I looked at her wondering if she had lost her mind or was simply confused. Could the occupants of the car been fleeing from someone? We crossed into a small mudroom with hooks on the wall for jackets and then into a cheery yellow kitchen with a green, gingham-checked valance across the window above the sink, matching the fruited wallpaper along one wall. In the homey kitchen it didn’t seem possible that there was an ulterior motive to the crash. I had to stop seeing what wasn’t there. This was an accident, plain and simple, but it would be good copy. I had the quotes to prove it.
I wanted to probe to get more details but knew it would bring nothing now. She was bouncing from subject to subject with no connecting dots. She needed normalcy.
“Is that coffee brewing?”
“Oh, yes. I put it on. . .” she stopped to think a moment. “Would you like a cup?”
“Yes, please.” I moved to the kitchen table and pulled out two seats before I sat, waiting.
She shuffled to the stove and grabbed the pot. It was a silver percolator that must have been a hundred years old. She grabbed two mugs from wire hooks under the upper cabinet and brought all three to the table. She poured each mug to the brim with a dark brew and then replaced the pot on the stove burner before sitting beside me.
I figured this cup would either be delicious or horrible from the age of the pot. I burned my tongue and quickly set the cup down to cool. My hostess wrapped her short, compact fingers around the cup, but I doubted she felt the earthenware’s heat. She again was off into space.
She started as if shocked, jolting the cup and sloshing the coffee onto her fingers. She wiped them on her apron.
“I’m sorry. I don’t know where my manners are. Would you like cream or sugar?”
“Black’s fine. Thank you. It’s delicious.” I hadn’t tasted a drop yet.
“Elmer took his coffee black, too.” She rose and went to the refrigerator and took out a carton of half and half and poured a dollop into her cup. I watched the cream swirl. She returned to the table with a spoon from beside the sink and stirred.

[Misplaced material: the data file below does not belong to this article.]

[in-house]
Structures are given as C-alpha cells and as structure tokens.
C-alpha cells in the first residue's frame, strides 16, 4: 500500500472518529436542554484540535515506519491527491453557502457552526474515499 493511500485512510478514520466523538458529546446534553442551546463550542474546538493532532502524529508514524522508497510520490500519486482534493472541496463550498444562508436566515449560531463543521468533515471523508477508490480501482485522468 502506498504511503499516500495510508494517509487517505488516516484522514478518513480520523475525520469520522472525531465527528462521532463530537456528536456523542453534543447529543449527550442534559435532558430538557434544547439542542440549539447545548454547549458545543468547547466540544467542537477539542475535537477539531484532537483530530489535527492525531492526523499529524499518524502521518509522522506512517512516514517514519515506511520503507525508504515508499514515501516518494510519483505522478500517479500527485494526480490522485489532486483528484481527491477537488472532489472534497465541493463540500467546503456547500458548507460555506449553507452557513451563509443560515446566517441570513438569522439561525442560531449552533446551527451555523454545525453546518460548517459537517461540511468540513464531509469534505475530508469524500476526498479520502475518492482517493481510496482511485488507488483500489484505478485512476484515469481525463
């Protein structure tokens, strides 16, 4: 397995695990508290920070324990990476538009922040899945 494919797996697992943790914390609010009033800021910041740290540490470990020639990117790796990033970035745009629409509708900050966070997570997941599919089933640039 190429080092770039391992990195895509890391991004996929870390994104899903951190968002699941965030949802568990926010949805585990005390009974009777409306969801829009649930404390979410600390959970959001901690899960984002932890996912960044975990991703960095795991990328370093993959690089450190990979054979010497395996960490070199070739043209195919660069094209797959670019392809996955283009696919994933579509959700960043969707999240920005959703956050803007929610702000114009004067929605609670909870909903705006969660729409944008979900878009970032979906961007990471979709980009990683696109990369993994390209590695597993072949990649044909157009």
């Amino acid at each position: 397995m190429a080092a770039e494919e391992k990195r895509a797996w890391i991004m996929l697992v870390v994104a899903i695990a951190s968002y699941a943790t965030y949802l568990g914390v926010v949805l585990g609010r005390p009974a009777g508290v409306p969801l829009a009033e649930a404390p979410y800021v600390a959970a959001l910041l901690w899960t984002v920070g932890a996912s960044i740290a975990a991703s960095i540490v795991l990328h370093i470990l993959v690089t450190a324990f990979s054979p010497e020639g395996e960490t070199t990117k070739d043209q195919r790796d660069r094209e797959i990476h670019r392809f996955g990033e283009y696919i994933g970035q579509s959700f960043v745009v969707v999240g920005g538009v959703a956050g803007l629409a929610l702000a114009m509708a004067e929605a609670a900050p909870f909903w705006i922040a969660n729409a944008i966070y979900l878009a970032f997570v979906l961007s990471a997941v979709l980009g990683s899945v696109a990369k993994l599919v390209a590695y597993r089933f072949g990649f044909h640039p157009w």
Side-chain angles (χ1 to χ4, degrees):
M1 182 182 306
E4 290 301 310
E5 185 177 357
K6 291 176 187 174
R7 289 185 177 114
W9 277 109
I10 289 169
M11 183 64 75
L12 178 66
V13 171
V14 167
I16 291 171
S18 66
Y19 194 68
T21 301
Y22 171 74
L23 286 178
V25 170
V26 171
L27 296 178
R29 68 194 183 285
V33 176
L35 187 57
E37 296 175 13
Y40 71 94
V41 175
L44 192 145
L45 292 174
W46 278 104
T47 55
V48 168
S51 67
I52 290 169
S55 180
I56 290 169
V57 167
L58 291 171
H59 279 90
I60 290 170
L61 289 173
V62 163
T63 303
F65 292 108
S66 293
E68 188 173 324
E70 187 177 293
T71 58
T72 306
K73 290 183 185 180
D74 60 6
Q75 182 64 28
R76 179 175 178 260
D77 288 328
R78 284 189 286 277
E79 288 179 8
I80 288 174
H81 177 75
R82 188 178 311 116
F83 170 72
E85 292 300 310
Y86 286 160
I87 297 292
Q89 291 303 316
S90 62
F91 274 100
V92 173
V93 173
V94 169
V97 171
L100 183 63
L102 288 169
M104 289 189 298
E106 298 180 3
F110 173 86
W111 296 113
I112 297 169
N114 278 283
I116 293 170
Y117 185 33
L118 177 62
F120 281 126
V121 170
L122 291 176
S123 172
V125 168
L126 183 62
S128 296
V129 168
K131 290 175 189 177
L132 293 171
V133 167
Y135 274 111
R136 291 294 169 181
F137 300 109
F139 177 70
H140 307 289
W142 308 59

“Elmer was my husband. He passed on five years ago.”
“Elmer was a lucky man to have married a beautiful woman like you.” I watched the color return to her checks. I flirted with her as I took a swig of the coffee. I needed to get back to the accident, but realized I didn’t even know her name to quote.
“Elmer always liked his coffee thick, he called it.”
“Said those newfangled drip coffee pots were a waste of money. A good percolator got better with age.”
“He was a connoisseur of coffee.” I needed to get her off the sainted Elmer. I didn’t need his name, I needed hers.
“I’m sorry but I never got your name.” I was back to business and pulled the notebook back out.
“Goodness gracious. I can’t get over that wreck.” She glanced out the window. The EMTs were now half under the cement truck and the police had begun labeling car parts with numbers for photographing.
“Elmer always said people drive too fast. Wouldn’t drive over forty miles per hour. I miss our long drives to the grocery store.”
I fidgeted. I only needed her name and I could be on my way. “I’m sure you were a handsome couple, Mr. and Mrs.…”
“Dobson. Mr. and Mrs. Elmer Dobson.”
“Right.” I wanted to gnash my teeth. Didn’t this woman have any identity outside her husband? “And you?”
“Elsie. Elsie Dobson.” She thrust her hand out and I took it.
“Nice to meet you Elsie. Is that E-L-S-I-E?” She nodded. “D-O-B-S-O-N?” She again nodded. Great. I could leave now.
I took another mouthful of the coffee and appreciated its heat jolting me into action. Elmer was right. This coffee had character. Someday, I might have to get me an old percolator.
I started to stand, pushing my chair back as a knock sounded at the door.
“Goodness gracious. More guests.” I looked over my shoulder and saw a uniformed police officer standing there. It was Deputy Derrick Smothers.
Now I knew my day was going downhill. I had a great relationship with most officers in the city police and county sheriff’s department. Every department had a few bad apples. The sheriff’s department’s worst in my opinion was on the other side of Elsie’s screen door. My day had just taken a nose dive.